(i) Climate change is likely to cause stronger storms and more floods, which can damage crops.


(ii) Droughts caused by climate change could reduce the amount of water available for irrigation.


(iii) The crops that are grown for food need specific conditions to thrive, including the right temperature and enough water. A changing climate could have both positive and negative effects on crops.


For example, the northern parts of the United States have generally cool temperatures, so warmer weather could help certain crops grow.


In southern areas where temperatures are already hot, even more heat could hurt crop growth.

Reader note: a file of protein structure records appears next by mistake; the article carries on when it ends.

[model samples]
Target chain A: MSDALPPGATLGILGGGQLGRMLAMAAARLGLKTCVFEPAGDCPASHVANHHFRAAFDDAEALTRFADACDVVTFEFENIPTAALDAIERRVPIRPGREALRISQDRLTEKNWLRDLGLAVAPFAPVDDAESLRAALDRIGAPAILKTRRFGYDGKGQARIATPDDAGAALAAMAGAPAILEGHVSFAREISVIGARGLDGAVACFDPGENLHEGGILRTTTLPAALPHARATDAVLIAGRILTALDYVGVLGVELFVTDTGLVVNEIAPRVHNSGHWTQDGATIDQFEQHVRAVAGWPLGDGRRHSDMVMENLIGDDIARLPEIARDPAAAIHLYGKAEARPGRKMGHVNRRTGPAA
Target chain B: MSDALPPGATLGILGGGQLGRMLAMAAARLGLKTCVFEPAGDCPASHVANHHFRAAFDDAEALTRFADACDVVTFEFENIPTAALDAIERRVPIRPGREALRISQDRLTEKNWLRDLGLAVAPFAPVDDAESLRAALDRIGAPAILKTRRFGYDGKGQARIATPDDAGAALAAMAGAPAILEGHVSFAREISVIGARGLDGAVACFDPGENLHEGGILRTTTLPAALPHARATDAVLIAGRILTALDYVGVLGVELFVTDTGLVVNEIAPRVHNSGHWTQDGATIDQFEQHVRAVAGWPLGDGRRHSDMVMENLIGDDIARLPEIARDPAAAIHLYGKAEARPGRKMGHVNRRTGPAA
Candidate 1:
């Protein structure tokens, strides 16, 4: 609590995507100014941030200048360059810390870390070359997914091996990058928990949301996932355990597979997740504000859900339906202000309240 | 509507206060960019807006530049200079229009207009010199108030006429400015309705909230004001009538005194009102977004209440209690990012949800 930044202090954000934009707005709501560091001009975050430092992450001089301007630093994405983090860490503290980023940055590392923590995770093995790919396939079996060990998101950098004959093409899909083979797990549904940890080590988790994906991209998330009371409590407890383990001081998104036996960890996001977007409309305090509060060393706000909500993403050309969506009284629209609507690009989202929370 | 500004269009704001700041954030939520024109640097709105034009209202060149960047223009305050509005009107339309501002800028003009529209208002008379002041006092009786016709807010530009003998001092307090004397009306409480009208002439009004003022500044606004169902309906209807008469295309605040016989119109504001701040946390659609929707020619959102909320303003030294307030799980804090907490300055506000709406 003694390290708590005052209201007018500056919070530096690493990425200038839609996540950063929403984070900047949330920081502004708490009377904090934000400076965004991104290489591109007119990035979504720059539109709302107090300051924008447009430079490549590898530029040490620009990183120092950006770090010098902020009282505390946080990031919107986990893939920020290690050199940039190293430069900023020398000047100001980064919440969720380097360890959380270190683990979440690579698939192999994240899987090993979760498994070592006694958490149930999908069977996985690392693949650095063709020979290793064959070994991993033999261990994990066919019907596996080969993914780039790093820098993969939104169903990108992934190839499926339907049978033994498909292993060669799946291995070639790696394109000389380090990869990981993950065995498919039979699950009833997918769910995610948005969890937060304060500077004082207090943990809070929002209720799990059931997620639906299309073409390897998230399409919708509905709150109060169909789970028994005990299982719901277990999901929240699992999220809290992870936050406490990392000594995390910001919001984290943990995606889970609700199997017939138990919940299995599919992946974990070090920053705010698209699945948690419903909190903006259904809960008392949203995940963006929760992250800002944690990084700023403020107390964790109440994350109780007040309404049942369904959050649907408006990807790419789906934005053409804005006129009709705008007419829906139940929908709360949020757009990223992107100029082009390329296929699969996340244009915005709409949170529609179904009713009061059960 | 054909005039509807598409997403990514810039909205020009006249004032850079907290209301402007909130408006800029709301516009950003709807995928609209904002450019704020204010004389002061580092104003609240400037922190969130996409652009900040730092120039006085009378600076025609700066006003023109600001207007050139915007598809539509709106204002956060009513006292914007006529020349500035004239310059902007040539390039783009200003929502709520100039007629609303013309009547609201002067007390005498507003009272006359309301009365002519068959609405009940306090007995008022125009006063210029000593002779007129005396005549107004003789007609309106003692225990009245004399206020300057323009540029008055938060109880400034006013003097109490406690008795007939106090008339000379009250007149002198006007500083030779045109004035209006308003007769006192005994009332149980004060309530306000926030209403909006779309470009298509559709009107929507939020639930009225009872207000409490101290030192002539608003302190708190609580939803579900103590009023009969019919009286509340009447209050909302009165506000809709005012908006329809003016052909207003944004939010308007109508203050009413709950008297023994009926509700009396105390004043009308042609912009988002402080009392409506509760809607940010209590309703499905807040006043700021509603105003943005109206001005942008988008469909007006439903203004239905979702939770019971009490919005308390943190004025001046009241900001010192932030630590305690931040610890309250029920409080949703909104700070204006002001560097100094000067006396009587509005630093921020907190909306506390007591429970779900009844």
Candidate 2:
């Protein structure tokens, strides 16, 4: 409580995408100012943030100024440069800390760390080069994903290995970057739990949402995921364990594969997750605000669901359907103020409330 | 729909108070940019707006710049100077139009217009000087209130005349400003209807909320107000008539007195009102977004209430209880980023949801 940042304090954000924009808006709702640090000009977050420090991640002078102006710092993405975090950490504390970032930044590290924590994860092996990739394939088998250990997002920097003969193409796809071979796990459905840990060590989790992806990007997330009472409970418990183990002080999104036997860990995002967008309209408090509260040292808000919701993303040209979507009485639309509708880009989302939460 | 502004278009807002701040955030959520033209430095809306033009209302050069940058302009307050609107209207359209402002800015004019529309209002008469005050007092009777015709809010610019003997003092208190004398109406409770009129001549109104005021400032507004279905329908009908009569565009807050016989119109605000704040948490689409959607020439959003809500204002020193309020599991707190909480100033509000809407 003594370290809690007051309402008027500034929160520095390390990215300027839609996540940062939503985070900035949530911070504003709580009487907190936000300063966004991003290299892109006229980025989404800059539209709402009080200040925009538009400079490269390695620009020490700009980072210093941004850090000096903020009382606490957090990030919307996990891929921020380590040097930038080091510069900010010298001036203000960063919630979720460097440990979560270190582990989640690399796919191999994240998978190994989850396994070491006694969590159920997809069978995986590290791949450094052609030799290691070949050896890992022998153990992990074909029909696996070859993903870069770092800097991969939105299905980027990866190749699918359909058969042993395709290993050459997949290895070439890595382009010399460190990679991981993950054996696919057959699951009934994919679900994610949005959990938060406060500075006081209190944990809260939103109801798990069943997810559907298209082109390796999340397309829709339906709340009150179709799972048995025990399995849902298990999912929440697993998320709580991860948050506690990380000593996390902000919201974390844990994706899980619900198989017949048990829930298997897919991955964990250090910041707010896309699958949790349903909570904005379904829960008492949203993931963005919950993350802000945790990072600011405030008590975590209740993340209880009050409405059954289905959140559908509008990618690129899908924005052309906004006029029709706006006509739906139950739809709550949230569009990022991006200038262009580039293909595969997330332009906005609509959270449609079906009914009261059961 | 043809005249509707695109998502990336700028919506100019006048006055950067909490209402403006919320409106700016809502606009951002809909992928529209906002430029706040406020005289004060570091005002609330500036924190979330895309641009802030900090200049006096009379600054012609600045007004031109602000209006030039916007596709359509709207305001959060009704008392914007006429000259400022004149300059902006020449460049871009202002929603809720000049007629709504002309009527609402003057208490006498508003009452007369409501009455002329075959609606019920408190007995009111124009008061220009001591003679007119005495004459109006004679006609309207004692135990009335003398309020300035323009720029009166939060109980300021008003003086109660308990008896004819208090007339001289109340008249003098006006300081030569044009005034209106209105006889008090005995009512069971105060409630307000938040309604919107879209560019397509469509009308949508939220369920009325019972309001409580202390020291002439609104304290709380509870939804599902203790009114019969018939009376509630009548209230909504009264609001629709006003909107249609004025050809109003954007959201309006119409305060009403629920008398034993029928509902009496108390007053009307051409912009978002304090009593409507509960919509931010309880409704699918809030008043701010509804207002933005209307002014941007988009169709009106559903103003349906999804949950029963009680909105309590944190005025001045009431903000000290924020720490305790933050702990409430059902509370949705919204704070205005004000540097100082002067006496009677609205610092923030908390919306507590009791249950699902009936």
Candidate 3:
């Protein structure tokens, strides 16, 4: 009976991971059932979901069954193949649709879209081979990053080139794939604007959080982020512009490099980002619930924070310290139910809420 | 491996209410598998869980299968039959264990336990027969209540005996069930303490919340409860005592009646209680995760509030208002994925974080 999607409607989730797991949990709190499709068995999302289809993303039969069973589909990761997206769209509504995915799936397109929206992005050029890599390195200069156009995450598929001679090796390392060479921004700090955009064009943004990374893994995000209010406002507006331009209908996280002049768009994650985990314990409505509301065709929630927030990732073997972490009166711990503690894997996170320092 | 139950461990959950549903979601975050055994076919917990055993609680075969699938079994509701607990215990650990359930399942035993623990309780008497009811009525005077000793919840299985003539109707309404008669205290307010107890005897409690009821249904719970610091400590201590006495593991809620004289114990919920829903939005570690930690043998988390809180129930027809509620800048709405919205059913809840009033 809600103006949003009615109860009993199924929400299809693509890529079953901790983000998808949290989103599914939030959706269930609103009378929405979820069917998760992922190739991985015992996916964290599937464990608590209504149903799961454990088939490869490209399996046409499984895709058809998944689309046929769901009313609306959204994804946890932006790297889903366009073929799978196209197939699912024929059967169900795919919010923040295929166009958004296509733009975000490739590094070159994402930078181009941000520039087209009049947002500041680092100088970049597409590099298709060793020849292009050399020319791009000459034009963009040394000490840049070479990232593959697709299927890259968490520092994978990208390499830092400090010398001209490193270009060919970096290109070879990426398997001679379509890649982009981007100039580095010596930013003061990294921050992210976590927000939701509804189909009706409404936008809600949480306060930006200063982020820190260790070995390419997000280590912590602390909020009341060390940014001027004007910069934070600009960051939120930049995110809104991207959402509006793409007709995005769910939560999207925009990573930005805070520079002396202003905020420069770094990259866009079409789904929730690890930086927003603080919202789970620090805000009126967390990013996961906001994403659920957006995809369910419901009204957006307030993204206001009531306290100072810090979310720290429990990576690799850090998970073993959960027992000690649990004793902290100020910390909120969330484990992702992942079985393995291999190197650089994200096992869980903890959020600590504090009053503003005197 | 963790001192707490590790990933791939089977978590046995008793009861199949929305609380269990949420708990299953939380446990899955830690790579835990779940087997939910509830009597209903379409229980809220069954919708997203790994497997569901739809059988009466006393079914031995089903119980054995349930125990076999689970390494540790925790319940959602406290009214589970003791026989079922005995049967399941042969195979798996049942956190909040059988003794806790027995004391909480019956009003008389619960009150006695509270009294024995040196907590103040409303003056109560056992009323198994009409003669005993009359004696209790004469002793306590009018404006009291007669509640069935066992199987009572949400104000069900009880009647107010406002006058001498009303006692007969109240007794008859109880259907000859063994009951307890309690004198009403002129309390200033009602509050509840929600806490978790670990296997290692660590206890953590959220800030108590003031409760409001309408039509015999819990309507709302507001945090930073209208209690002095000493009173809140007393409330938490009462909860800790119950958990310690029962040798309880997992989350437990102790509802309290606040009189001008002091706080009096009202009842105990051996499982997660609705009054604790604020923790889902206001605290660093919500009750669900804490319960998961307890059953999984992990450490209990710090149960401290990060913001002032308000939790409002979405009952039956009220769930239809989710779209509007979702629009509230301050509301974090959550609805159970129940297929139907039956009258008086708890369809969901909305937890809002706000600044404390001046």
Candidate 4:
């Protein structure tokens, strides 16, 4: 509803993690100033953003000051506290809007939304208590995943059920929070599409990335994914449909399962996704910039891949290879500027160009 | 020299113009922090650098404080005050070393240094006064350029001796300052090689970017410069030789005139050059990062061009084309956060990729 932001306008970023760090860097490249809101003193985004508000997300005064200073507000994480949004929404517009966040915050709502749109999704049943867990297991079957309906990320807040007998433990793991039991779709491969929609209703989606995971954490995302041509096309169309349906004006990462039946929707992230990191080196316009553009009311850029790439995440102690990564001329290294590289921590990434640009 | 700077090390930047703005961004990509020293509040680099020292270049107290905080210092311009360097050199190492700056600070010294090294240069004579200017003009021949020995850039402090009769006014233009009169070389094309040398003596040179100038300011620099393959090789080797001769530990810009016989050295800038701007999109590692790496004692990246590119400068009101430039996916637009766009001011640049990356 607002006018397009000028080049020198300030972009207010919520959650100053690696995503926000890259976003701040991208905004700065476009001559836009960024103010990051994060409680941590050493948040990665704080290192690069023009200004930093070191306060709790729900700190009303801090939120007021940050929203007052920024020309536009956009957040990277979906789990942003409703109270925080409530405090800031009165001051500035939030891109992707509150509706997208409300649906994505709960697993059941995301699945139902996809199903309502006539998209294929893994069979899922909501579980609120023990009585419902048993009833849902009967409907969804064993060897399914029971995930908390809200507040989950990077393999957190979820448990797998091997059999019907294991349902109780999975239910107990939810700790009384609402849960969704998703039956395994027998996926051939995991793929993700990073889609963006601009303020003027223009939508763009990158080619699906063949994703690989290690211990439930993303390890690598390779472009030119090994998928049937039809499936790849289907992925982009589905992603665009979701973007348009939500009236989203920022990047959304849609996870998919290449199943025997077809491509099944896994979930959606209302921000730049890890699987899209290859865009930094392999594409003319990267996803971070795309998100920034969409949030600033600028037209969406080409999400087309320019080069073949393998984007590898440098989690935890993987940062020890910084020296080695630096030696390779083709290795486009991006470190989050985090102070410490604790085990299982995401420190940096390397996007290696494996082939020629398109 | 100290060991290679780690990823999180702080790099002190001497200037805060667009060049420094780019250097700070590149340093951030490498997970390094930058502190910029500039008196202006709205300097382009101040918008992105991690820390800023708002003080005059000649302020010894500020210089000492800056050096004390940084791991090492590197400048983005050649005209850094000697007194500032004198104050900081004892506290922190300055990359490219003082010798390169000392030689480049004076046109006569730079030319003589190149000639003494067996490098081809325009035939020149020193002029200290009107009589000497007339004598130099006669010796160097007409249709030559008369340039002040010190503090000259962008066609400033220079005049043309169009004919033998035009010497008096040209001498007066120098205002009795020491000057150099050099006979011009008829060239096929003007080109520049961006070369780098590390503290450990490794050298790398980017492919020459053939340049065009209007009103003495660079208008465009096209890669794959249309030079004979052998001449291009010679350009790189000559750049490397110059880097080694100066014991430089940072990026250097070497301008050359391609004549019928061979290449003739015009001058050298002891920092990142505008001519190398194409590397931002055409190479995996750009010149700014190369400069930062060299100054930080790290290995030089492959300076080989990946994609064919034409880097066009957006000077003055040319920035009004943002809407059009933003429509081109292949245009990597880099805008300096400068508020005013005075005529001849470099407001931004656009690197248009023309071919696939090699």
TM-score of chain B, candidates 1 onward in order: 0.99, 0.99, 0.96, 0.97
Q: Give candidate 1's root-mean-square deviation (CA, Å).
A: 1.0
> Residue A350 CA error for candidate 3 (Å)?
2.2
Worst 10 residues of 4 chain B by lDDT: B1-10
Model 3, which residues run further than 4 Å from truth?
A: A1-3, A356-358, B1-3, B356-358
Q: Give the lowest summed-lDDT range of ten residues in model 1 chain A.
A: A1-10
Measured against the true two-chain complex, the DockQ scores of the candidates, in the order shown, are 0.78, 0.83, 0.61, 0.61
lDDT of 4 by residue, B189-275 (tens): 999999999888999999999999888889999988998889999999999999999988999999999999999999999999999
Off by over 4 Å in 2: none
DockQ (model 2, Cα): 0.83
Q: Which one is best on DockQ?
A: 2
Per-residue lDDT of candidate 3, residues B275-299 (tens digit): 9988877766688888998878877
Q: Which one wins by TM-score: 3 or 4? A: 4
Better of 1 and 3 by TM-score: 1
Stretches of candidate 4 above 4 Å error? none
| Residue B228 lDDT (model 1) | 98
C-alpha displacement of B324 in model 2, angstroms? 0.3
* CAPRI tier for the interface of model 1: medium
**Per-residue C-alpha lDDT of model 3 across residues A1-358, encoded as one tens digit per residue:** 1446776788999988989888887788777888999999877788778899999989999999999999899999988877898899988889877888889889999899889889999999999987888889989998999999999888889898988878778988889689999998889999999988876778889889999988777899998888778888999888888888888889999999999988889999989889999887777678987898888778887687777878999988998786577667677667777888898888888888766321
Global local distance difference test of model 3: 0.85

(iv) Higher temperatures and changing rainfall patterns could help some kinds of weeds and pests to spread to new areas.


(v) Other than the effect of high and low rainfall on cropping patterns, it is predicted that phenomena such as coastal flooding will reduce the amount of land available for agriculture.


(vi) El Nino provides another example of how agricultural production patterns and food securities are impacted. In Southern Africa (2016), it severely weakened crop prospects, triggering a 25% cut in wheat production. In India too, following a poor monsoon, the area of wheat crop was cut.


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